In all the debating about health insurance over the past two years, issues of consumer access and allowing pre-existing conditions have been at the forefront of the discussion.
One aspect that’s been much less reported is the issue of insurance fraud. Recently, I read some eye-popping statistics from the Coalition Against Insurance Fraud (CAIF). This not-for-profit organization estimates that the level of annual insurance fraud amounts to the equivalent of ~$950 for each household in the United States.
Moreover, the Insurance Information Institute estimates that fraud accounts for ~10% of the losses in the property and casualty insurance segments, while the National Health Care Anti-Fraud Association reports that ~3% of the U.S. health care industry’s expenditures are due to fraudulent activities.
So we’re not talking chump change.
Insurance fraud to the tune of $80 billion per year doesn’t happen just because of a few bad apples out there. What’s happening is far more serious than that. Indeed, there are highly organized fraud rings operating throughout the country engaging in everything from staging dangerous accidents to setting up bogus medical services.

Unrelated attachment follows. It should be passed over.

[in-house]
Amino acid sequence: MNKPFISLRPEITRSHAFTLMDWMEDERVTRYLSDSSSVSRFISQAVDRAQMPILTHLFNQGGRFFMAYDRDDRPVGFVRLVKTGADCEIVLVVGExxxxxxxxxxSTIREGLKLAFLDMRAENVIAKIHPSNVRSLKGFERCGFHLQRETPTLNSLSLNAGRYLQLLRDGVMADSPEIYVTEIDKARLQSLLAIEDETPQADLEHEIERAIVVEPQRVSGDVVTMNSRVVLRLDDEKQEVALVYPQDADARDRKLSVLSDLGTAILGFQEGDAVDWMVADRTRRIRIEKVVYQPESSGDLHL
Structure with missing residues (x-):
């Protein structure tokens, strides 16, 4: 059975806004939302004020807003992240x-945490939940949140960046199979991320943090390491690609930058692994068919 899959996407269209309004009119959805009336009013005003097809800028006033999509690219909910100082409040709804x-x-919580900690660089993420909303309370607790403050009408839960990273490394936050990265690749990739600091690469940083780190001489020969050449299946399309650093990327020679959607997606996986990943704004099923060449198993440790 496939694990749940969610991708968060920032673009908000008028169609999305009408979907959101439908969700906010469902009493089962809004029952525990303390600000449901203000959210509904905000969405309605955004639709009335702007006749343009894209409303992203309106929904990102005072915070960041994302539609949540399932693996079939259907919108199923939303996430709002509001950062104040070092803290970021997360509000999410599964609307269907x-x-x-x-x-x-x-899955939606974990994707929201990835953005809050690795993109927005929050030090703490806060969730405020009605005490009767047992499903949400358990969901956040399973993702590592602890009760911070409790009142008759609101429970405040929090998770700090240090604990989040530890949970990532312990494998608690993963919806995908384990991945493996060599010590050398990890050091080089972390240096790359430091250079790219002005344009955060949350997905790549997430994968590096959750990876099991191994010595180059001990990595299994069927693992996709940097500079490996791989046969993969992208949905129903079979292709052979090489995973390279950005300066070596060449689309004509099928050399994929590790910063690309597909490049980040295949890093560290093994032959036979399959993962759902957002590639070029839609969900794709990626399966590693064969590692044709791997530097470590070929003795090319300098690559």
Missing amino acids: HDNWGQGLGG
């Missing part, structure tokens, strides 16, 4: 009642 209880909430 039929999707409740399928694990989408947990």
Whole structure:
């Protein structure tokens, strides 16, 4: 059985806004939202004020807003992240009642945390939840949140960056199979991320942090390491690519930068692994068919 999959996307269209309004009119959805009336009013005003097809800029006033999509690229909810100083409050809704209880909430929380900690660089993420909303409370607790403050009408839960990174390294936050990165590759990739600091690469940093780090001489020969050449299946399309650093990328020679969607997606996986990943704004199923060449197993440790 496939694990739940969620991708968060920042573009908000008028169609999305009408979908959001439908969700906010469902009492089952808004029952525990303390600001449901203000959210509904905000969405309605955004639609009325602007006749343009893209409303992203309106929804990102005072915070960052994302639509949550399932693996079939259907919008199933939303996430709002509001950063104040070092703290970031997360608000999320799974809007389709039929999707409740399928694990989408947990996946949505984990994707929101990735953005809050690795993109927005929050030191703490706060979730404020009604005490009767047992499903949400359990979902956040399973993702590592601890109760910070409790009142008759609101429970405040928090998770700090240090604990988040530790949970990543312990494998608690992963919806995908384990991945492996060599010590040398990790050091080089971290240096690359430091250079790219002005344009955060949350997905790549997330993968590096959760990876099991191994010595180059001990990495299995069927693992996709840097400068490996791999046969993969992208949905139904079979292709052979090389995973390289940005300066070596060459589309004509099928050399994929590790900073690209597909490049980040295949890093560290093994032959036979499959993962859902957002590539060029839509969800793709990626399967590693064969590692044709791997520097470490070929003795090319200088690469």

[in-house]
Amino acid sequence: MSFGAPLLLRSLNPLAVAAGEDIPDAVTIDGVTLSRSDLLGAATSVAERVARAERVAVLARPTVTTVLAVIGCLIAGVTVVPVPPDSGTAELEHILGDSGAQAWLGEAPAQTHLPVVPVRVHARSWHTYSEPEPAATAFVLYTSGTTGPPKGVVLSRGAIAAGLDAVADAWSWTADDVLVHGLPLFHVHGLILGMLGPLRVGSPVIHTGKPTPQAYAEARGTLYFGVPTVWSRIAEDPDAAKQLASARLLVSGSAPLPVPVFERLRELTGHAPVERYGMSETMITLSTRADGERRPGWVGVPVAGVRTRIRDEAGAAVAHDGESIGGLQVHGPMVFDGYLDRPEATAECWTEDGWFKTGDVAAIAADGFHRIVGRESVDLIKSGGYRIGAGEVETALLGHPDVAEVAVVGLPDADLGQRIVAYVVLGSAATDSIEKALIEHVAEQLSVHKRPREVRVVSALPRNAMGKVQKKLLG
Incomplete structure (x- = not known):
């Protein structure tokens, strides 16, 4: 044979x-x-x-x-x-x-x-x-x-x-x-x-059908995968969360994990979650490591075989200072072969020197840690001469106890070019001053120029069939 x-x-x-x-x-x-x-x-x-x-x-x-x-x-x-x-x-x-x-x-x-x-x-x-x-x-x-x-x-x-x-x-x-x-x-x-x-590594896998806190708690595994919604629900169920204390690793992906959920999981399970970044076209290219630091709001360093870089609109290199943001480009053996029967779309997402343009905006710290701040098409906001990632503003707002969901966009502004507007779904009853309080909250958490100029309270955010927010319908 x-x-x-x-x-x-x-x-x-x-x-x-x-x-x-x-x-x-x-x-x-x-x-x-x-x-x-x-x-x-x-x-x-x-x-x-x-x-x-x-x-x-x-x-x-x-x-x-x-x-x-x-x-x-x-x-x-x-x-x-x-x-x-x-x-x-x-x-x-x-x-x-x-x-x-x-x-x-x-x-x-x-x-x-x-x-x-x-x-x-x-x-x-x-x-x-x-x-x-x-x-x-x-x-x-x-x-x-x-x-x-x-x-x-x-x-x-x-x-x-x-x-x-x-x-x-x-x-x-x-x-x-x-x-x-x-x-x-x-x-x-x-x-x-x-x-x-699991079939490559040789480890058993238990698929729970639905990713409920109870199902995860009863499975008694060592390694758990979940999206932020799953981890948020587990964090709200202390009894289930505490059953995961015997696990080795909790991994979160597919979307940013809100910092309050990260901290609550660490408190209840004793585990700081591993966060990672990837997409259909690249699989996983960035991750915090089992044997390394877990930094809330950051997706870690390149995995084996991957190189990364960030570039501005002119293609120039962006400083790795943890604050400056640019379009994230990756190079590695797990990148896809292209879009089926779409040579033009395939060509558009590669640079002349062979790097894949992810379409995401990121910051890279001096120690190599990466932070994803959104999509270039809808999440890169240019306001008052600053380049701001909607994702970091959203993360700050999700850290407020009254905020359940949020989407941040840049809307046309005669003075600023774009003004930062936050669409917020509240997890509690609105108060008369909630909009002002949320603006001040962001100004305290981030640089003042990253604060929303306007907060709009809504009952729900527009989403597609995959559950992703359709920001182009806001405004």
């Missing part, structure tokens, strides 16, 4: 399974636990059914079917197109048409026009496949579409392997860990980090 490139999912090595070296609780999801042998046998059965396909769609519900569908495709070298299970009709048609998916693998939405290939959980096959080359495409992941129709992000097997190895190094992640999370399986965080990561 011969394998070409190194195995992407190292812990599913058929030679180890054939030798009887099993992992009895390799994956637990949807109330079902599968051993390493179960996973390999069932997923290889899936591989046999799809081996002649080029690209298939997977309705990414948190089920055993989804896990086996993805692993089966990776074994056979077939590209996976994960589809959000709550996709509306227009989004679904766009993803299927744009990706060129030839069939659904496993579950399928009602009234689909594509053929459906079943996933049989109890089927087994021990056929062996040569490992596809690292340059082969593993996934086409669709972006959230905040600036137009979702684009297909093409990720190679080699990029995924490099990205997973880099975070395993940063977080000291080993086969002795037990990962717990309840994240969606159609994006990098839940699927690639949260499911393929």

The problem goes beyond merely the added cost being borne by consumers. CAIF contends that lives can be endangered, too, due to staged auto accidents, arson incidences, and “medical procedures” being performed by phony physicians.
Is it any wonder that insurance companies like GEICO have well-staffed special investigations units devoted to ferreting out illegal insurance activities wherever they can find them.
Insurance fraud has surely been a problem since the dawn of time, because at its heart is the opportunity for financial profit. In response, a plethora of national and state laws aimed at controlling fraudulent activities have been on the books for years (although surprisingly, insurance fraud is a crime in just 48 of the 50 states – what is it about Virginia and Oregon, I wonder?). Most states maintain their own fraud bureaus as well.
But like so much else the government tries to control or influence, all of these earnest efforts to stem fraudulent activities don’t seem to be adding up to much or getting us closer to a fraud-free world.
Now here’s an idea: Let’s pass some more anti-fraud laws!